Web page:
PMPI laments the unfortunate incident in Kidapawan. What is happening in the drought affected parts of Mindanao is deeply troubling:
As reports from our member organizations and different news agencies came in, it wasenough to make us freeze with helplessness. The images of bloodied farmers in TV and social media shuddered our senses. And even as we try to suspend judgement due to the blaming game, we can’t help but feel for the farmers.
No need for violence
Philippine Misereor Partnership, Inc. national coordinator Yoly Esguerra shared that nothing can justify the action of the police using live bullets to disperse protesting civilians. There were many measures that could have been done to prevent violence to happen. Dialogue and tolerance should always be the modes of action of those in power.
“It was not a secret to us that these areas will be heavily impacted by the drought and that funds were earmarked to help them cope. That we had to wait until it reached this point is unacceptable. Measures to mitigate the impact should have been in place. Relief is due to the affected population of El Nino soonest,” she said.
Presidential Communications Undersecretary Manuel Quezon III in an interview shared that the DSWD has since released P133,426,000 including funds to maintain and complete the required or standard stockpiled 30,000-families food pack and initial assistance for the cash-for-work program. This is to cover the 125,228 families or 626,140 persons affected by El Niño in all of Region 12.
“But where are these funds? Why until now it has yet to reach our farmers?” Fr. Joy Pelino of the Social Action of Marbel said.
He stressed that the matter should have not reached this point if the government only did its job.
Drought gone bloody
Notwithstanding the present turmoil, since 2014 PAGASA has provided ample warning of the start of the El Niño cycle. They sternly informed all that the current cycle was the “strongest in modern history” and will be prolonged well into the middle of 2016.
Interface Development Interventions (IDIS Inc.) Executive Director Ann Fuertes said that if the government prepared well for the people in the affected areas, none of the strings of protests would have happened.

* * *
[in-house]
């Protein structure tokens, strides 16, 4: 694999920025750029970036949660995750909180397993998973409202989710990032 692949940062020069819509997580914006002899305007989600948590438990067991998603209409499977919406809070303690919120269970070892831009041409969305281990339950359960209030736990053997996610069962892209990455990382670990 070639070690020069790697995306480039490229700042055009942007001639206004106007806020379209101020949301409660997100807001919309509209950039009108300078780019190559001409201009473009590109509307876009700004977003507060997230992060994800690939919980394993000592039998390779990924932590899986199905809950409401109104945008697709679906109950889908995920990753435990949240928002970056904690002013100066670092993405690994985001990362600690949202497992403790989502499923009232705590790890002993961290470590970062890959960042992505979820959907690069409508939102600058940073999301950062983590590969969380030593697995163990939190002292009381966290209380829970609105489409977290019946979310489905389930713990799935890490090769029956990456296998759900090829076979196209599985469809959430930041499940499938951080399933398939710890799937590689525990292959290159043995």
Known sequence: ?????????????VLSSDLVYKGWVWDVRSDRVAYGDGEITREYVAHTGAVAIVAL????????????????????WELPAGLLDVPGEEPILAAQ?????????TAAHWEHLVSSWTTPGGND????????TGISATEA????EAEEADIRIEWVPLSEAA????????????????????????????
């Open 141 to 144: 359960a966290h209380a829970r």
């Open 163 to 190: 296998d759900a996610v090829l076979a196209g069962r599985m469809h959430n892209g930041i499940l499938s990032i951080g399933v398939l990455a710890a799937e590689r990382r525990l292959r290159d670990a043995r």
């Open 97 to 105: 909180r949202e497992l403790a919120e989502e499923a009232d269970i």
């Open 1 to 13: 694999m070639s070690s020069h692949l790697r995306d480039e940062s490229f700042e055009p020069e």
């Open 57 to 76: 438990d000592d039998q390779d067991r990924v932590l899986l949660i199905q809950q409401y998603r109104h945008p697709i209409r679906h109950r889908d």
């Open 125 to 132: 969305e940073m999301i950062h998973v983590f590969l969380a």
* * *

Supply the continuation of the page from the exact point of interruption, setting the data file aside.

“Given the early warning made by the national weather agency, the government should have foreseen this scenario and placed appropriate measures to address this situation," Fuertes said. "What the local government did to the protesters was unconscionable. They were only asking for food and yet they were met with such brutish violence."
Geonathan T. Barro of MASIPAG-Mindanao stressed that responses to drought should not only be limited to giving food packs and relief goods, but also by shifting our country’s agricultural system to become drought-tolerant and be adaptive to climate change.
“In this case, the farmers and IPs were just asking for food. It's for their survival it's not for anything else. We are able to eat because of the food they produce, but when it's their time to need food, the least we can do is to give back to them,” he lamented.
Sr. Susan Bolanio of Oblates of Notre Dame Hesed Foundation, Inc. expressed the need to further conduct investigation on the whole matter.
“Even as I don’t agree that the farmers had to block the national highway, paralyzing the major thoroughfares of the province, the violence that erupted must be thoroughly investigated,” she said.
Rev. Fr. Edu Gariguez, NASSA Caritas Executive Secretary and PMPI co-convenor said that "it is the utmost duty of the state to protect the rights of the most vulnerable especially in situation such as drought and other natural calamity, and not to further inflict pain during an already unbearable situation.”
“We call for an independent investigation on this as much as we condemn the act of violent inflicted on our hungry-stricken farmers. And if real justice should be served, those found guilty should be penalized,” the priest stressed.